It is to be understood that the appended claims are to be accorded a range of equivalents commensurate in scope with the advance made over the prior art.
1. A bed bath comprising a collapsible frame consisting of a pair of complementary frame half-sections removably fastened together; each of said frame half-sections consisting of an end portion and a pair of half-side portions, a waterretaining flexible container removably suspended on said frame; said container having a drain outlet therein, and means for enhancing the rigidity of said frame when said container is filled with water.
2. A bed bath comprising a collapsible frame, and a water-retaining container removably suspended on said frame; said collapsible frame comprising a pair of complementary frame halfsections each consisting of an end portion of spaced parallel tubular bars pivotally connected to a pair of half-side portions consisting of spaced, tubular bars; one of said frame halfsections being formed with half-side portions having reduced extremities for telescopically fitting the tubular bars of the other pair of halfside portions of the other frame half-section, and releasable latching means on said frame for fastening said sections together in upright, usable positions.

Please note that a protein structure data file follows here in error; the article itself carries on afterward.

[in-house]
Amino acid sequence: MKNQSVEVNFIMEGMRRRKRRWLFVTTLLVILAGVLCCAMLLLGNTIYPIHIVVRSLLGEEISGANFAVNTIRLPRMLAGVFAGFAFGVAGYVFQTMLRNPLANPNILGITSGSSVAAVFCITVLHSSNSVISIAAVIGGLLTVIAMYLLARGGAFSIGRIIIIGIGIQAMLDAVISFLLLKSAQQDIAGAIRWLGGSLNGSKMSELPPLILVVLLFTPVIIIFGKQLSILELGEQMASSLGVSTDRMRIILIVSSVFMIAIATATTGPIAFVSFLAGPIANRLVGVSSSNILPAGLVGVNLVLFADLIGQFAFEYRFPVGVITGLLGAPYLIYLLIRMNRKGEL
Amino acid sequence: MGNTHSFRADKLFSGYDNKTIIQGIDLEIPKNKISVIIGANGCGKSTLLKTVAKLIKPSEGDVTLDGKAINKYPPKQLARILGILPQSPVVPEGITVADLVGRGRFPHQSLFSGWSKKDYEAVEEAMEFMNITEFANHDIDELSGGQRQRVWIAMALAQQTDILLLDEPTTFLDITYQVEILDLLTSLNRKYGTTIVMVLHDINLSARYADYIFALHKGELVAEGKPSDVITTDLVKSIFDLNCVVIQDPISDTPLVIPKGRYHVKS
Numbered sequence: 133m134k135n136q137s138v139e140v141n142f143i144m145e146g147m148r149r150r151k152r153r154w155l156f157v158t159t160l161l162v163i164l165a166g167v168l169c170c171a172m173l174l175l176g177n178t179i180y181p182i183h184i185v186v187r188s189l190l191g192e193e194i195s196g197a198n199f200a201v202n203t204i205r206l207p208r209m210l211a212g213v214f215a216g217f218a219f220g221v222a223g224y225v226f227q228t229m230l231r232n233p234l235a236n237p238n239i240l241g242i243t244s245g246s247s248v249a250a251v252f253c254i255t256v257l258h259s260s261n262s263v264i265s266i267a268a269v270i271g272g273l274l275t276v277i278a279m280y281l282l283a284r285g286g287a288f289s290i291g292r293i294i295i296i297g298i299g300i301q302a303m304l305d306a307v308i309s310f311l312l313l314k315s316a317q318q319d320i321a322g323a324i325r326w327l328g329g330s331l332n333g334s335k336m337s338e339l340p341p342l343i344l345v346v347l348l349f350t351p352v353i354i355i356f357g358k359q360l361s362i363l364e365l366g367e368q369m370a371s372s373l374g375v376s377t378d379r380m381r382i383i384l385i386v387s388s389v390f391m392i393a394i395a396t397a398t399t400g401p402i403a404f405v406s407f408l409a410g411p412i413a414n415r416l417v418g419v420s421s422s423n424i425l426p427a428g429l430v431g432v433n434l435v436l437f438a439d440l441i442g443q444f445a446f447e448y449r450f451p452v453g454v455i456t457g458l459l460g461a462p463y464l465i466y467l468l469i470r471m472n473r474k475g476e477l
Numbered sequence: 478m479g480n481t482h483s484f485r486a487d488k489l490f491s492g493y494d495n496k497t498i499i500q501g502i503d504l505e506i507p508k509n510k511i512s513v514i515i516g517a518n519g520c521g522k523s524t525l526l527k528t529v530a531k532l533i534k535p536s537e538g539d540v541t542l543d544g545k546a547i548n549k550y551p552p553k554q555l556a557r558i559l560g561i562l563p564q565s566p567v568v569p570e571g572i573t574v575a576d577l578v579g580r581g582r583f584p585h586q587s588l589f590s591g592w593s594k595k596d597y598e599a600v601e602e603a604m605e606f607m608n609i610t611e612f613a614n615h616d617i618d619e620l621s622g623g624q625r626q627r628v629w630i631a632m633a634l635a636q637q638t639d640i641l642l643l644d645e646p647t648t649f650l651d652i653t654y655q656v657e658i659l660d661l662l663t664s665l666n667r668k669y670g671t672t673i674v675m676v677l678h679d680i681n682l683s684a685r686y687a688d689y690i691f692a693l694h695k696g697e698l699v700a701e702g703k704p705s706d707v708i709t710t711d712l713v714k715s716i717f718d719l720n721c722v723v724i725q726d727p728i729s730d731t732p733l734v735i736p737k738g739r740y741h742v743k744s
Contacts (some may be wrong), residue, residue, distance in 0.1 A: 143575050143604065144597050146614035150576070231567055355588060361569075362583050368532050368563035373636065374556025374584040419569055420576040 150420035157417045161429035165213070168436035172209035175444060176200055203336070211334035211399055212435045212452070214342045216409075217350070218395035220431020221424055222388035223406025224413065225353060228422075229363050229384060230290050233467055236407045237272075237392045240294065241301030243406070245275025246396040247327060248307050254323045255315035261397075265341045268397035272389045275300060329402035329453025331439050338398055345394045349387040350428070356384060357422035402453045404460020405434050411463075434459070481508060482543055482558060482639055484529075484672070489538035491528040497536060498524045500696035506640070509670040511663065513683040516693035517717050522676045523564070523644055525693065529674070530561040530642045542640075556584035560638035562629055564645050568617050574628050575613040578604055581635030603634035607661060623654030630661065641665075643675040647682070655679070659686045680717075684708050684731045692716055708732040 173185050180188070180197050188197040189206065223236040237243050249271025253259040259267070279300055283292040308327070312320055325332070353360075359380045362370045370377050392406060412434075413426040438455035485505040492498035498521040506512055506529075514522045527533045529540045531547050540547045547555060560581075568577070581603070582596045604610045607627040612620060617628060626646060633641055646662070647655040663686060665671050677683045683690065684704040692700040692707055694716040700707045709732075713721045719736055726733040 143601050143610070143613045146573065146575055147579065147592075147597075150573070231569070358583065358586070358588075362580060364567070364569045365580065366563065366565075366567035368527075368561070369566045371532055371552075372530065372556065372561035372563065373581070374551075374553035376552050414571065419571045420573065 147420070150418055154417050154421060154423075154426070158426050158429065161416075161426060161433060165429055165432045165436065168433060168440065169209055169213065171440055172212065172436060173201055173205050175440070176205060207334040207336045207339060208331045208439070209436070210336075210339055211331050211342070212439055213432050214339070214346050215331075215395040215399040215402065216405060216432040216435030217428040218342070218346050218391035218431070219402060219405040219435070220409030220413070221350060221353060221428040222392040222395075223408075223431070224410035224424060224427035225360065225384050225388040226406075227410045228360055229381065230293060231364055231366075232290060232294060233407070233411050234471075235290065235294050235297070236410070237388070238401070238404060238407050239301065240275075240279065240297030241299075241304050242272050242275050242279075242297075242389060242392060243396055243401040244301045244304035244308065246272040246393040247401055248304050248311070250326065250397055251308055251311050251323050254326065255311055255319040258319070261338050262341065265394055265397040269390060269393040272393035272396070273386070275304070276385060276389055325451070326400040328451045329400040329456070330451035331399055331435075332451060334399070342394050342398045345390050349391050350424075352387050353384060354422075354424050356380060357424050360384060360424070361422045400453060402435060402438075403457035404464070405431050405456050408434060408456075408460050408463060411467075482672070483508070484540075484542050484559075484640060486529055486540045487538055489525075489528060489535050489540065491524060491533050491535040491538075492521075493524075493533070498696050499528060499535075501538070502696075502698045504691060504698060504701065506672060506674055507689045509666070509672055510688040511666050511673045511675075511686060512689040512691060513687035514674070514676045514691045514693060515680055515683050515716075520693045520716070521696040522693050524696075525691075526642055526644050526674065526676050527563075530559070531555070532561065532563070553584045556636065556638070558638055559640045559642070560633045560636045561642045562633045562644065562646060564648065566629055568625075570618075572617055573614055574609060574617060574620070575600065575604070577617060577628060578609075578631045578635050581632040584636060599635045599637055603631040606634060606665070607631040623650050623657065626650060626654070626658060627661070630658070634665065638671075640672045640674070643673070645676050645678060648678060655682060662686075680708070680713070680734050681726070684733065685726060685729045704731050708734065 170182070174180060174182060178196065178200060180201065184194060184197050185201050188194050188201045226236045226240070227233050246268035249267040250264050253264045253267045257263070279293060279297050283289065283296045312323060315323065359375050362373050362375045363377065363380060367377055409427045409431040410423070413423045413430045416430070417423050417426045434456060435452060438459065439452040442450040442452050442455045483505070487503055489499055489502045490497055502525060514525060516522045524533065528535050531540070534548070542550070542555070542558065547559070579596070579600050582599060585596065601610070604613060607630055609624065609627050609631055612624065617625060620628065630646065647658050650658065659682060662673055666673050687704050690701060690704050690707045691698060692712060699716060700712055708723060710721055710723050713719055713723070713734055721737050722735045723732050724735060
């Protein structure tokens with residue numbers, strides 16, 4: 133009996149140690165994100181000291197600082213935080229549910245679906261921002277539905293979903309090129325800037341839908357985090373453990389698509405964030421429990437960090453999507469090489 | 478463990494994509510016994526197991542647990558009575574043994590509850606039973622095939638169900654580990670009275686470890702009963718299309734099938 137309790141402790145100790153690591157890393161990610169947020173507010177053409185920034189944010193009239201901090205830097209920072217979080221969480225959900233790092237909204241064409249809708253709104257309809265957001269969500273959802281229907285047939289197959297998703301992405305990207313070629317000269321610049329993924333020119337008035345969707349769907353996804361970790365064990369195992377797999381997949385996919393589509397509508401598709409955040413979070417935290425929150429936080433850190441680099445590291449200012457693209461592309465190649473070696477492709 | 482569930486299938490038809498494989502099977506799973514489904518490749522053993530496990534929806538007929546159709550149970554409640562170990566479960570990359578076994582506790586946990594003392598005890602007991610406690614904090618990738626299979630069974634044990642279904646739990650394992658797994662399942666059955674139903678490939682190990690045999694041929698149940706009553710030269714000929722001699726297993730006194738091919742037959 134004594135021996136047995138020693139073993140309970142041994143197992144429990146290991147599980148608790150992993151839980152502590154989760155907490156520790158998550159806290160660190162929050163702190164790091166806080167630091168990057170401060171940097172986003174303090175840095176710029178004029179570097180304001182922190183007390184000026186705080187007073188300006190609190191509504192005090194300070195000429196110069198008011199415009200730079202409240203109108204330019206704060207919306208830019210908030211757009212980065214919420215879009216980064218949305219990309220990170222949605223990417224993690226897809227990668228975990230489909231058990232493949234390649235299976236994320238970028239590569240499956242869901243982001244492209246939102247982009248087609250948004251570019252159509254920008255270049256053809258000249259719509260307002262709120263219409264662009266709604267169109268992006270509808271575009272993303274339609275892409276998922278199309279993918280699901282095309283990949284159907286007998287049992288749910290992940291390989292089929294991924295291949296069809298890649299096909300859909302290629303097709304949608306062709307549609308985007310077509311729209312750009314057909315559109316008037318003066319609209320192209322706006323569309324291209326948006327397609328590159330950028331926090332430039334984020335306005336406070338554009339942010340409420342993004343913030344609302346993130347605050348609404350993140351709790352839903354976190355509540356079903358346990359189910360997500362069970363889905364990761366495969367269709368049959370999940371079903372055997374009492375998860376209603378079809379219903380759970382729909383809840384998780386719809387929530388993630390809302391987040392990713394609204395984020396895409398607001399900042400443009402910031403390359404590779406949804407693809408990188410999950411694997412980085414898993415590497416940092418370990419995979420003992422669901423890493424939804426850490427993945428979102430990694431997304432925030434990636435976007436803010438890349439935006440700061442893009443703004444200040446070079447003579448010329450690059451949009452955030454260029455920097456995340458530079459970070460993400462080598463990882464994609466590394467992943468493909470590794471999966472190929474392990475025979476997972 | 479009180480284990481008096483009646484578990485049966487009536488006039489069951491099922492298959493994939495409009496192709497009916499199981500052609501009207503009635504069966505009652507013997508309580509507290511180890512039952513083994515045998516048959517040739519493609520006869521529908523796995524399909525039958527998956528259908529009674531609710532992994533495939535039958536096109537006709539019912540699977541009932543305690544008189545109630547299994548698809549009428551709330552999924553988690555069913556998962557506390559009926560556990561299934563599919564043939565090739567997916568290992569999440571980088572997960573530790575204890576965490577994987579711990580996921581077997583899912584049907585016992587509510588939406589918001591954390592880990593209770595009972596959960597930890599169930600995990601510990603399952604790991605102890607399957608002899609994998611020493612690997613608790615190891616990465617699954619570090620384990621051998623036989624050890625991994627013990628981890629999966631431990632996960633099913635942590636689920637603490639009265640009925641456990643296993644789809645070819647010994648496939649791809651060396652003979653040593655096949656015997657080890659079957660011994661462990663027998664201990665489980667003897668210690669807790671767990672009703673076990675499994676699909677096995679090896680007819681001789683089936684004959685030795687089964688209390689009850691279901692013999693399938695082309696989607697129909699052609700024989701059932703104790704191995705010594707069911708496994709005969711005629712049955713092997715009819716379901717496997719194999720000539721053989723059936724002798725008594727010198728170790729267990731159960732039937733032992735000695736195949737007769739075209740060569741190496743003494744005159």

3. A bed bath as defined in claim 2, the tubular bars of one of said frame half-sections being offset inwardly adjacent to their connections with said end portion, and the tubular bars of the other of said frame half-sections being offset outwardly adjacent to their connections with their corresponding end portion whereby the frame may be stacked upon its collapse.
CHARLES ARTHUR HOFFMAN.
REFERENCES CITED The following references are of record in the file of this patent:
UNITED STATES PATENTS Number Name Date 530,599 Von Oheimb Dec. 11, 1894 1,307,942 Volters June 24, 1919 1,451,437 Bernier Apr. 10, 1923 1,738,017 Phillips Dec. 3, 1929 1,753,427 Phillips Apr. 8, 1930 FOREIGN PATENTS Number Country Date 8,205 Great Britain May 15, 1902 335,638 France Sept. 30, 1903